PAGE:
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Moolah Gap

Took a ride last Thursday up Gunsight Pass in the Santa Rita Mountains south of Tucson. The DSCF1083sky island sprawls north and south east of the quaint village of Green Valley.

There is a road that goes west from Arizona 83 that leads through much of what is the Rosemont Ranch and soon to be Rosemont open pit copper mine. The mine site sits on the east slope of the Santa Ritas. Two great requirements for the mine — electricity and water — are on the other side of the Santa Ritas. A power and water line will have to be built leading from the west side of the mountain and mostly over Gunsight Pass, a peak of about 5,600 feet. The pass is toward the northern end of the mountain range just above Helvetia, the site of another mine and ranch.

Took the ride now because most likely will not be able to do so in near future. Once the Forest Service approves operation of the Rosemont, construction will begin and the road will be closed off to four-wheel traffic.

There’s little doubt that the project will be approved. The mine’s owner, Augusta Resources — a Canadian company — has been patiently doing what is required, managing jots and titles, courteous when jeered by opponents, contributing to the community as a good corporate citizen and praising the positives of copper mining while putting a smiley face on nasty mining byproducts like tailings and contaminated water.

The basic reason the project will be approved is that a 19th century law governs mining in America, and makes it mostly a holy writ and unqualified right to mine the land: The General Mining Act of 1872 signed by Ulysses S. Grant, my personal favorite alcoholic head of state. I like  Grant as much as anyone with a $50 bill, but he was a bit of a spendthrift with natural treasure. Of course the Congress of the United States merits direct blame, then as now rife with those who did not hesitate to ravage the land.DSCF1075

Once Augusta receives official approval, Tucson Electric will build a power line. Augusta will add a waterline. They will be built together, following generally the Santa Rita Road.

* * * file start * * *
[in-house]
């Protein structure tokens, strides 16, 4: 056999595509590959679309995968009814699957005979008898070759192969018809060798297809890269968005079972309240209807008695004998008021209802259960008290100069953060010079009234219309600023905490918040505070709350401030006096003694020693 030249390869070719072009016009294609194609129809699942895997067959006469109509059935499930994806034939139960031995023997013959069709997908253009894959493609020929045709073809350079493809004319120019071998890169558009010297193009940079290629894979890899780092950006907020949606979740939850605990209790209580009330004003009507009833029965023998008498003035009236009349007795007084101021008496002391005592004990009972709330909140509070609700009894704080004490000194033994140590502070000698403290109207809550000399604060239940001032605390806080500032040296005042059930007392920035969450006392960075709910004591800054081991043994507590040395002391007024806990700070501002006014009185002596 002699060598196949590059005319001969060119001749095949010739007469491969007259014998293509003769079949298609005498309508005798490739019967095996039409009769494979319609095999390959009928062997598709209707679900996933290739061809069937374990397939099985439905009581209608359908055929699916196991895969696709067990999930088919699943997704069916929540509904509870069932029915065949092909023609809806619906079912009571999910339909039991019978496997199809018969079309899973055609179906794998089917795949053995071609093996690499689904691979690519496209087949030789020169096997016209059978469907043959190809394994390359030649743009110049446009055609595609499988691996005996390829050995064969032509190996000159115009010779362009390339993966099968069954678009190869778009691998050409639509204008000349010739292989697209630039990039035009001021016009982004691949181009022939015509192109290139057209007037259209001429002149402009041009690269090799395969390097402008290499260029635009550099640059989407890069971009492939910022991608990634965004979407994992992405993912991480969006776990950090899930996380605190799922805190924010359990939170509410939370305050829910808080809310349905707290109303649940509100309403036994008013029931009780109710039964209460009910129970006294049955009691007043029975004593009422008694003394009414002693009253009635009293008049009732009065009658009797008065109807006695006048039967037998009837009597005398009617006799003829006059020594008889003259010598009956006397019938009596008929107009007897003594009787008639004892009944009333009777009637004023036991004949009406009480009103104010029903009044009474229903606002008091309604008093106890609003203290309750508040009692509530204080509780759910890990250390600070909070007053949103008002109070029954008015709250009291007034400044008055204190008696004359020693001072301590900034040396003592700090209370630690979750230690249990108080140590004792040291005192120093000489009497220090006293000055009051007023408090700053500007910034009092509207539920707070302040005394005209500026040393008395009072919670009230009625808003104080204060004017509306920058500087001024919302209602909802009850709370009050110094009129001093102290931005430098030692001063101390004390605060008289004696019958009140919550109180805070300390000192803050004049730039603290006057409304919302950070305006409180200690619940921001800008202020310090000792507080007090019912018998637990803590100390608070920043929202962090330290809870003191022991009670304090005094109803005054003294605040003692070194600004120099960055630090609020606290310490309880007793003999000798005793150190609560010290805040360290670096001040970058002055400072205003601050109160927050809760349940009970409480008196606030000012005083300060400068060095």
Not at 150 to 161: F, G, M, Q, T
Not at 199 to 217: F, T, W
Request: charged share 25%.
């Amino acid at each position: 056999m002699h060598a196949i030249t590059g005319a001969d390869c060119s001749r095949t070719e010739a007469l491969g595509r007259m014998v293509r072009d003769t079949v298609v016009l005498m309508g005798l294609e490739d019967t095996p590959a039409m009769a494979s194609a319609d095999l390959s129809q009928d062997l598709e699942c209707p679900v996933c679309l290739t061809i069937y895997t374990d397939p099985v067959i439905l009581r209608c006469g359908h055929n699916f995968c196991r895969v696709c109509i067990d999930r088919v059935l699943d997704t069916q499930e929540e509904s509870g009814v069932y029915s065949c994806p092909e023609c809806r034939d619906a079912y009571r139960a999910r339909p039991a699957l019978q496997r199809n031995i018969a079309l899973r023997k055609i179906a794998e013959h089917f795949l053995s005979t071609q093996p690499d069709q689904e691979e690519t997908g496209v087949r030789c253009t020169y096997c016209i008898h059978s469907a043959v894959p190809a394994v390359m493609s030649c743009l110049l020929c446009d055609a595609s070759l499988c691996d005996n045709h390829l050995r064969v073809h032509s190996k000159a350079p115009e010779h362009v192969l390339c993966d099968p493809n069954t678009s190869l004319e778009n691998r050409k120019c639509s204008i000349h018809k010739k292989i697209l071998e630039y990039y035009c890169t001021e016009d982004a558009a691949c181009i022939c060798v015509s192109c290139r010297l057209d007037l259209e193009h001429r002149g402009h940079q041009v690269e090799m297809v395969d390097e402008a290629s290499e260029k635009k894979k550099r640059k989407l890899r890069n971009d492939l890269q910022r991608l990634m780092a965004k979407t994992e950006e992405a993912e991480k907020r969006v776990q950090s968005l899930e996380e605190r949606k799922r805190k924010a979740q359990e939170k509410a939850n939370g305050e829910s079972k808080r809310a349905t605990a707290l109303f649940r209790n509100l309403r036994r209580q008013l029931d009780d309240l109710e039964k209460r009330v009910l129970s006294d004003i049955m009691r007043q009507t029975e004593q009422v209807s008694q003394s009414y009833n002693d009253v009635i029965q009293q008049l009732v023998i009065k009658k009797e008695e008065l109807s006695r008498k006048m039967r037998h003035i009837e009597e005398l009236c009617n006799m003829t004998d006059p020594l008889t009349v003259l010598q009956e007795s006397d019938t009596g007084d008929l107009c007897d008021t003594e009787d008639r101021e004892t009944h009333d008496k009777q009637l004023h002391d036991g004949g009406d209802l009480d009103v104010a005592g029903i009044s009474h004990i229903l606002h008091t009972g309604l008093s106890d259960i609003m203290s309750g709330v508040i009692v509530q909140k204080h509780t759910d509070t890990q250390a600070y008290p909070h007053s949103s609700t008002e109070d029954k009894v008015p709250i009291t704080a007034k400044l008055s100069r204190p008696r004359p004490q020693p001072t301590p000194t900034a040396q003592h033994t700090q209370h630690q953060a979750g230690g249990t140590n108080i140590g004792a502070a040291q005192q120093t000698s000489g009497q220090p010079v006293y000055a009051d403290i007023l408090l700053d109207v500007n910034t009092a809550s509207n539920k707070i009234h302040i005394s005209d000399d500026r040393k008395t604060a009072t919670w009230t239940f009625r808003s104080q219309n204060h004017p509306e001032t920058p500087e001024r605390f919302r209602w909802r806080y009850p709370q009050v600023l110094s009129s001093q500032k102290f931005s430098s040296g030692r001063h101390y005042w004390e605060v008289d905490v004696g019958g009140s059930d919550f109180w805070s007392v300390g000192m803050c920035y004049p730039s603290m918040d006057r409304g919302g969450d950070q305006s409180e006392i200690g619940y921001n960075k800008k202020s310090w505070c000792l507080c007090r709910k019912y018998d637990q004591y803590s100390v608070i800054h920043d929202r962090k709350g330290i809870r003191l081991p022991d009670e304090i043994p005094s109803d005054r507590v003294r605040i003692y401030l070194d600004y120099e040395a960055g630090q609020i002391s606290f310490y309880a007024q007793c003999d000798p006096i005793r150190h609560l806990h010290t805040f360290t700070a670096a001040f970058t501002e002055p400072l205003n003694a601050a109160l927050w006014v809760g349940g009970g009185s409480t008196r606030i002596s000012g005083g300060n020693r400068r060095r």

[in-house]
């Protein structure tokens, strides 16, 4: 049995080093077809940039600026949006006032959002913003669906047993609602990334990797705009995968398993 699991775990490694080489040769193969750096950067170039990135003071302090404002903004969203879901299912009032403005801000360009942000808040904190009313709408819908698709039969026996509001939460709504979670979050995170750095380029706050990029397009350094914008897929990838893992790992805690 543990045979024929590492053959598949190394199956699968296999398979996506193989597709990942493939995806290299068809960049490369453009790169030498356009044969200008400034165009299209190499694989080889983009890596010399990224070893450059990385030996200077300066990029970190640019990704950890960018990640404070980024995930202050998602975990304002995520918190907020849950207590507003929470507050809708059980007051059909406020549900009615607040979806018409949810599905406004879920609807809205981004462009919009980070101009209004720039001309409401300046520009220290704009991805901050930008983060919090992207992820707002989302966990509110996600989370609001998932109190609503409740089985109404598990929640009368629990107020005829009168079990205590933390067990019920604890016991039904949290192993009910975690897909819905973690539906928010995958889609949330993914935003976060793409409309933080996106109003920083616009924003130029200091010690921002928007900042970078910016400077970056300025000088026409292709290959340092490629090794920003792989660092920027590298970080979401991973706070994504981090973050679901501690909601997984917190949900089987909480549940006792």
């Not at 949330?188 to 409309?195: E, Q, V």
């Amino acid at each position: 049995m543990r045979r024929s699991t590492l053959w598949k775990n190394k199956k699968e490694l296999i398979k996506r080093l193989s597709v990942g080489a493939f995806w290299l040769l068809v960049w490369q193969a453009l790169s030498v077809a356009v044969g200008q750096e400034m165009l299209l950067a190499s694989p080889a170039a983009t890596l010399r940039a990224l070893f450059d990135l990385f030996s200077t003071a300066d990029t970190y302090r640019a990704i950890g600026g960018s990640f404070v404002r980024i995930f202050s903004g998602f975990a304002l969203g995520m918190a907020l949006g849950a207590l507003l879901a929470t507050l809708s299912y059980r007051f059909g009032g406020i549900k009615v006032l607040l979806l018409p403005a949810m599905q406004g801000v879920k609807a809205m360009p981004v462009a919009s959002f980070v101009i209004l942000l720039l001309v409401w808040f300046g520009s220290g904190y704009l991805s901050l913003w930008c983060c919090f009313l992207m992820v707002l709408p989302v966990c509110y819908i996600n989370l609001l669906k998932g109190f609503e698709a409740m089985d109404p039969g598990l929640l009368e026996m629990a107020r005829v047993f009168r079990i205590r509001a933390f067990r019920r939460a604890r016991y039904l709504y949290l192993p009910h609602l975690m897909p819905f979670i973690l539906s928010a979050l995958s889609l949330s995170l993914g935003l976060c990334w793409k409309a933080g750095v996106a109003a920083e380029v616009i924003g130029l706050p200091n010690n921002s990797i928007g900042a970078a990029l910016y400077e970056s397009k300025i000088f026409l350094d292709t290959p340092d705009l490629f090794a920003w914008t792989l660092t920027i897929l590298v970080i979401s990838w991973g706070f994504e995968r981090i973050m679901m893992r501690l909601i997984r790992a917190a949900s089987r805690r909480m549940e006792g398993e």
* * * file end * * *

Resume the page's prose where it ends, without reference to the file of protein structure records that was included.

It is an easy trip going up the east slope. The dirt road poses no obstacles until you reach the summit. Beyond this point, the track is less a road and more a rocky gully. It is easy to slip-slide away. Sharp rocks dot the track like thumbs. My Forester, which would well be named Rocinante, came down the treacherous west side with only slight travail. It would be much more difficult climbing, the rise is steep, and the track is seriously narrow at various points.

Thus, the construction of the power and water lines will not be a walk in the park. It will be necessary to pump the water up and over the mountain. I once thought that the sight of a power line running up the north end of the Santa Ritas would be an ugly blemish seen from 1-19. But not to worry. It will be seen only by a few present and future souls in  Sahuarita.

Green Valley residents won’t see it. Which is only fair because the gentle folk of that unincorporated town have already contributed a generous portion of their water allotment to the cause of Rosemont copper mining, at a price of course. And are already treated to an enormous open pit copper mine right next to them — the Sierrita Mine operated by Freeport McMoRan.

I have heard that it will cost Augusta Resources a billion or so dollars to build the mine. A few years ago when I took the mine tour, our tour leader, who was a mining engineer, said it would take only a couple years to pay back that cost. The supposed 20-year life of the project allegedly would produce $10 billion. That is, of course, an estimate based upon the current price of copper, a commodity subject to marketplace caprice.